The Fourteenth Amendment to the U.S. Constitution states that '[t]he validity of the public debt of the United States, authorized by law ... shall not be questioned." I recently read something on-line suggesting that President Obama interpret this clause, when the crunch hits, as giving him the power to avoid a default by authorizing debt issuance in excess of the statutory ceiling. And I suppose he could throw in national security powers amid the threat of a national disaster as an extra justification for acting.
If I were in the White House and wearing a political rather than a legal hat, I would definitely recommend that this be done at the right time - not too far in advance, which would be a political disaster, but just at the crunch point, when it could be described as vital for U.S. national security, etcetera. This might then get all the pundits salivating about bold and decisive leadership. And after everything else we have seen from the Executive Branch in the last decade, or maybe I should say the last 50 to 60 years (the brief early 1970s retrenchment aside), it would hardly be discordant with the fundamentals of how our government now operates. After all, if the president can wage an undeclared war in Libya without Congressional authorization, as everyone seems to think he can, then, although these are separate legal questions, it's hardly an unprecedented power grab.
Would the action be constitutionally correct? I am admittedly skeptical. But the above clause was apparently adopted in anticipation of the concern that members of Congress from the ex-Confederate states would seek to compel default on U.S. public debt, or at least Civil War veterans' pensions (expressly mentioned in text from the clause that I skipped). So we are back in a recognizable scenario of concern that Congress will deliberately default, although to be sure the amendment doesn't mention delegating powers to the President to avoid questioning of the debt.
Constitutionally correct or not - and in the context of a potentially disastrous global and national economic crisis I think there is a colorable claim here - I can't see that anyone would have standing to contest it. The House, which presumably would not be joined by the Senate, seems unlikely to have standing or to be able to avoid "political question" problems, although with 5 hardcore Republicans on the Supreme Court who knows. But even if the House could get an injunction, Boehner et al would have to think twice about seeking to enjoin debt issuance and thereby directly triggering not just a global economic catastrophe but (as the White House could spin it) non-payment of our troops and needy seniors.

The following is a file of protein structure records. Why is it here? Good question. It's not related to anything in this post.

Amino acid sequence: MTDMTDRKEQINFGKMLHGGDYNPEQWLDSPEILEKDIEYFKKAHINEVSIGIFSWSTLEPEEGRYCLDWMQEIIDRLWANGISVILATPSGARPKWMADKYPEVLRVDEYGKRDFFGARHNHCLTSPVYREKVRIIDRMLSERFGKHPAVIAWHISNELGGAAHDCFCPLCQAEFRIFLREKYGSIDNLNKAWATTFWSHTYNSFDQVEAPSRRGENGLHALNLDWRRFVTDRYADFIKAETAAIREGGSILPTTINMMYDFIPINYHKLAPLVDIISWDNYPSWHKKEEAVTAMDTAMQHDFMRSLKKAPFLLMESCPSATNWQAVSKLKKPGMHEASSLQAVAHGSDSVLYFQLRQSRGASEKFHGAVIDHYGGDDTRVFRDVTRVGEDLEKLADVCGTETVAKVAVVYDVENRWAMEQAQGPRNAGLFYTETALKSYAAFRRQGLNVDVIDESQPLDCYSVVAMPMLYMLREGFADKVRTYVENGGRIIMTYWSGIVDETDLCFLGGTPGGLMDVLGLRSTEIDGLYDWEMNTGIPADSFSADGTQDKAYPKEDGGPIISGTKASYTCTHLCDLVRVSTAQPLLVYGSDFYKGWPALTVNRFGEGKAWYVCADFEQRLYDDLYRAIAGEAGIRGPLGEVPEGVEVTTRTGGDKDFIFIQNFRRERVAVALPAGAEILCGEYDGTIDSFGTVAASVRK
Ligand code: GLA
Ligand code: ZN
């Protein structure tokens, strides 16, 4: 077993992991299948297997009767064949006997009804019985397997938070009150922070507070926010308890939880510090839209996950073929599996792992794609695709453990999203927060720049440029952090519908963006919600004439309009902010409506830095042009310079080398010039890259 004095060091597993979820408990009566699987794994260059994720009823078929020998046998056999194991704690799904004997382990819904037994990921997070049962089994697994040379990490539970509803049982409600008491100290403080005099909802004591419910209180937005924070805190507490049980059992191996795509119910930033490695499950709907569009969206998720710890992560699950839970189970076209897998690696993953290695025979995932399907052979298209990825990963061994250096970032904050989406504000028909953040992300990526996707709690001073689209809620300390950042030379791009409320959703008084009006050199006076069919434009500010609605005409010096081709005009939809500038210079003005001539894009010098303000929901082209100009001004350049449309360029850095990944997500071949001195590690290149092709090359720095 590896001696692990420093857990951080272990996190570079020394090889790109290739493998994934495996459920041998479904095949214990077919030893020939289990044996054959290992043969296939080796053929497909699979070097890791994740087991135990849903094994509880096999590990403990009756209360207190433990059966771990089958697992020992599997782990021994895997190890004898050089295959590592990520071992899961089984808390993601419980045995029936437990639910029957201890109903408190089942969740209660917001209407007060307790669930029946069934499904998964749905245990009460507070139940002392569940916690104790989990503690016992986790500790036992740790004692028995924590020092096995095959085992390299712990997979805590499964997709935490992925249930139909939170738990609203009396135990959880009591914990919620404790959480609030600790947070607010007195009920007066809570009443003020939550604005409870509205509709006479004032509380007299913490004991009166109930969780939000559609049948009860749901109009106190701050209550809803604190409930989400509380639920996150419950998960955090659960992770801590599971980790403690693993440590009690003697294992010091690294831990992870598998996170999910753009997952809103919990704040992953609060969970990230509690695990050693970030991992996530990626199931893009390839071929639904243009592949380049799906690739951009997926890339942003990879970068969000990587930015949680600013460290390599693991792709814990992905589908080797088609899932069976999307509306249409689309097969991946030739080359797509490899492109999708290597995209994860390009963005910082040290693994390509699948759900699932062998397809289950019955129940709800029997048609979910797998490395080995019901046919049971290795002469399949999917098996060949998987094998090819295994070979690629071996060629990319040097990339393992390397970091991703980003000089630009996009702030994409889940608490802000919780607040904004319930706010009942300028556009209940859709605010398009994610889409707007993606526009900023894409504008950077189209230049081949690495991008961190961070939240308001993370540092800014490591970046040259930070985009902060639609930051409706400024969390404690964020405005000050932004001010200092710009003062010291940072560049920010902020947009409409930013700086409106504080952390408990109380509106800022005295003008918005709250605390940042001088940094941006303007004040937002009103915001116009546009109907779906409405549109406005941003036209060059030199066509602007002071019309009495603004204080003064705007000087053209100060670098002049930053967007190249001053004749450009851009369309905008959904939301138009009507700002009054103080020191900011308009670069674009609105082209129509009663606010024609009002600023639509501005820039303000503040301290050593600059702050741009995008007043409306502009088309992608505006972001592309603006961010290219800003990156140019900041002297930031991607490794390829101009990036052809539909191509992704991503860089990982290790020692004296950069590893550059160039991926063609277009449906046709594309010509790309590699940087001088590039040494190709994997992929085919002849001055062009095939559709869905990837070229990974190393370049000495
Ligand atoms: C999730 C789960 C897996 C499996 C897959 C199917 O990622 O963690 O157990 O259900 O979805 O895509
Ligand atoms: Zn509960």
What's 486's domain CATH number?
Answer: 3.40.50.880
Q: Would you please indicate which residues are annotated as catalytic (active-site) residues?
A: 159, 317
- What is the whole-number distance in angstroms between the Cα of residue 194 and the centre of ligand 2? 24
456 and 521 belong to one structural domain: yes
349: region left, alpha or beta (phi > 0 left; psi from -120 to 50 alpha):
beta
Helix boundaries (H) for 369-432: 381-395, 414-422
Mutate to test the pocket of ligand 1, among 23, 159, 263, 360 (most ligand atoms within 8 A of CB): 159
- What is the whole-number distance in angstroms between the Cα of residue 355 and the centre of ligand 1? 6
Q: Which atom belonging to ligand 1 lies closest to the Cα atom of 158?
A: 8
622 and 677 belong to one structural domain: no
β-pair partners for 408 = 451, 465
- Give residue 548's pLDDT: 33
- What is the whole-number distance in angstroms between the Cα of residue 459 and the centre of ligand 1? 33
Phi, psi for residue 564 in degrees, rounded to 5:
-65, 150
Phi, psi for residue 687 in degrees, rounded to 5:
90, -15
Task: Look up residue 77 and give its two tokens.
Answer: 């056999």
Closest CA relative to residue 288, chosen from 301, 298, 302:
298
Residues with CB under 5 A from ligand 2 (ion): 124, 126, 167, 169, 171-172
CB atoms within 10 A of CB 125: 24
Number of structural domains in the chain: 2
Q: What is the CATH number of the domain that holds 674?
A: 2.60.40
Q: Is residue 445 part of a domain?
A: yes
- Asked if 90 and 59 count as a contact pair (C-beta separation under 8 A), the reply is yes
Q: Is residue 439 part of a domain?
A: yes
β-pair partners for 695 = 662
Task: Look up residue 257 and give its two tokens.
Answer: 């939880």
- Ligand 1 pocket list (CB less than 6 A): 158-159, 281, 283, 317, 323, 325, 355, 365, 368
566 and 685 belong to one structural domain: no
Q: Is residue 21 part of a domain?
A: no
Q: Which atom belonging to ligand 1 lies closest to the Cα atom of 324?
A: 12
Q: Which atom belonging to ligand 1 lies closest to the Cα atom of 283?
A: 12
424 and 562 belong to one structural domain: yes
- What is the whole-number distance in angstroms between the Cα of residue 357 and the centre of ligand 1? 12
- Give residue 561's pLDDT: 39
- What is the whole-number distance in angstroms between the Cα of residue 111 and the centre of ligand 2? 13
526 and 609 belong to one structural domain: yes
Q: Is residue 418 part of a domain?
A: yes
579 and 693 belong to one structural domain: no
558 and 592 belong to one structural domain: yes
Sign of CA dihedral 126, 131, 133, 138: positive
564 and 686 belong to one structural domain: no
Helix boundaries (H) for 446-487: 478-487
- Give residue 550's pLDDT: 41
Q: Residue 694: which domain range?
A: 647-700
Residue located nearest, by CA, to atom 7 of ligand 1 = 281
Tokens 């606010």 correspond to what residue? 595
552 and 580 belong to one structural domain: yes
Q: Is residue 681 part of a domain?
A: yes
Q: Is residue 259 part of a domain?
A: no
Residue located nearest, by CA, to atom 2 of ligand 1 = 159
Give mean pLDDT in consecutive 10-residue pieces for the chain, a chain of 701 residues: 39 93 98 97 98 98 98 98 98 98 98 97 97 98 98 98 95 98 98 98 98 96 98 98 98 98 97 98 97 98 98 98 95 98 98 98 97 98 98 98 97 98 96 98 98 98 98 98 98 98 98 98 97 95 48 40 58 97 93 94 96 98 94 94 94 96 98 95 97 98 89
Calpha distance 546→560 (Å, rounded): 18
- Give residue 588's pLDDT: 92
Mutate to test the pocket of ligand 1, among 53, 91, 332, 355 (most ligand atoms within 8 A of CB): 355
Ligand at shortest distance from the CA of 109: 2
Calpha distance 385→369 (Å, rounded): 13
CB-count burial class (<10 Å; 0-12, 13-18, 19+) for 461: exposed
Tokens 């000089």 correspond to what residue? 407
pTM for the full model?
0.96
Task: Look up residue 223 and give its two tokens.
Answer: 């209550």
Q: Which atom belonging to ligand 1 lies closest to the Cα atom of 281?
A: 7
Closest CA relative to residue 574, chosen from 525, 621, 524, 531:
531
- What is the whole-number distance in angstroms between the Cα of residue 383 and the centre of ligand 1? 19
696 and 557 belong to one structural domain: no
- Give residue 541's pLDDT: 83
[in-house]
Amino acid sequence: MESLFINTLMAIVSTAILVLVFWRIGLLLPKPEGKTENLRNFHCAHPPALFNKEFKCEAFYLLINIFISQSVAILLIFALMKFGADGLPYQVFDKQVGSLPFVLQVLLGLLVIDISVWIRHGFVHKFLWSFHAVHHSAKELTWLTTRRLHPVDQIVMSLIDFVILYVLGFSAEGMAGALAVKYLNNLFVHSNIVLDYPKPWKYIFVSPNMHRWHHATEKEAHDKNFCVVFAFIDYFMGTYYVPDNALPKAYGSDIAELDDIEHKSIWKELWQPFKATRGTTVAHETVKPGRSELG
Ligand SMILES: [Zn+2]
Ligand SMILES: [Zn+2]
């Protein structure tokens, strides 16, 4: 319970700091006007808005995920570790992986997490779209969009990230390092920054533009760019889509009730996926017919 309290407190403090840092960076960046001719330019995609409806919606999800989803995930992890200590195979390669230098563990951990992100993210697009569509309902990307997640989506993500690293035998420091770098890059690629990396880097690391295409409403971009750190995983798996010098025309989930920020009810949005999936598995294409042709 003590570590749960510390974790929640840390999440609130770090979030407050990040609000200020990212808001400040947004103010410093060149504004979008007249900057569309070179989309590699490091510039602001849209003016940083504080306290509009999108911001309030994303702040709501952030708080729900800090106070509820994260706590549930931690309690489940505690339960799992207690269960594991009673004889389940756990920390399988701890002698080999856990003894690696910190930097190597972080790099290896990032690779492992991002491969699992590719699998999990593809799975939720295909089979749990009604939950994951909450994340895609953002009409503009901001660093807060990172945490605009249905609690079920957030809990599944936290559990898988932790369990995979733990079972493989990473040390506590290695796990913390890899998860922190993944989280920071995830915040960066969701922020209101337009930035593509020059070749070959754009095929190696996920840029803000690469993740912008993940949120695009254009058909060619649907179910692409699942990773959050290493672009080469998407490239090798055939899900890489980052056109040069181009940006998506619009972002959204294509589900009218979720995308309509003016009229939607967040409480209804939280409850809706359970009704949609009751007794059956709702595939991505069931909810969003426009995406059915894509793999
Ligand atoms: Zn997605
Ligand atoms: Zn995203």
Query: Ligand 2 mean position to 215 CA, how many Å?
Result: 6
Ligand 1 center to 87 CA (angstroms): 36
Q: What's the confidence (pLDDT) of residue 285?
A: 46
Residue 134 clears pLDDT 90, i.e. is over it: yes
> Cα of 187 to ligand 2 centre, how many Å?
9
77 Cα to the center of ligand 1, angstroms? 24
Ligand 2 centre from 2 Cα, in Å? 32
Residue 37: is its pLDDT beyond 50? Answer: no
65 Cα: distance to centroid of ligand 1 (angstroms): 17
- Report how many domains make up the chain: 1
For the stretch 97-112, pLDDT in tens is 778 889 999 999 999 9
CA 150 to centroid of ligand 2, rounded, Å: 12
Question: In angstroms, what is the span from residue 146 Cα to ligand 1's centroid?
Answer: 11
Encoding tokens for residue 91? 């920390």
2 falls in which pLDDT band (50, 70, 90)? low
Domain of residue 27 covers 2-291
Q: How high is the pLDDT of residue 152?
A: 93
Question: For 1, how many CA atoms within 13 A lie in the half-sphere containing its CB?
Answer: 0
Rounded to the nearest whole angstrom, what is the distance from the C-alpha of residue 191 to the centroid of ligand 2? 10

While there could subsequently be a legal issue concerning the enforceability of the debt issued at the President's say-so in excess of the statutory ceiling, one would probably expect that by then the debt would have been retrospectively validated.
If I were President Obama, I would not use the threat of doing this as leverage in the debt negotiations. Rather, I would spring it as a surprise at the last moment, in effect after baiting the trap. Dramatic 9 pm EST speech from the Oval Office with all the trimmings. Mention not just default and its consequences but the need to pay our troops, keep Social Security and Medicare operating, etcetera. Make the issue one of whether our troops and seniors should be paid or not.
Again, I am speaking here to what I would recommend as a political advisor. As a legal advisor, if asked to opine on what is the best view of the law, not what's the most that one could get away with, I would have a much harder time recommending this. But how many political actors in Washington do business this way any more? Even Supreme Court Justices all too often clearly don't. It's hard to play by different rules than everyone else without seriously handicapping yourself. And also I think a voluntary U.S. debt default is potentially a true global calamity. Being a bit tricky with one's legal interpretations in a true ticking time bomb scenario is a lot more justifiable than doing so just for political gain.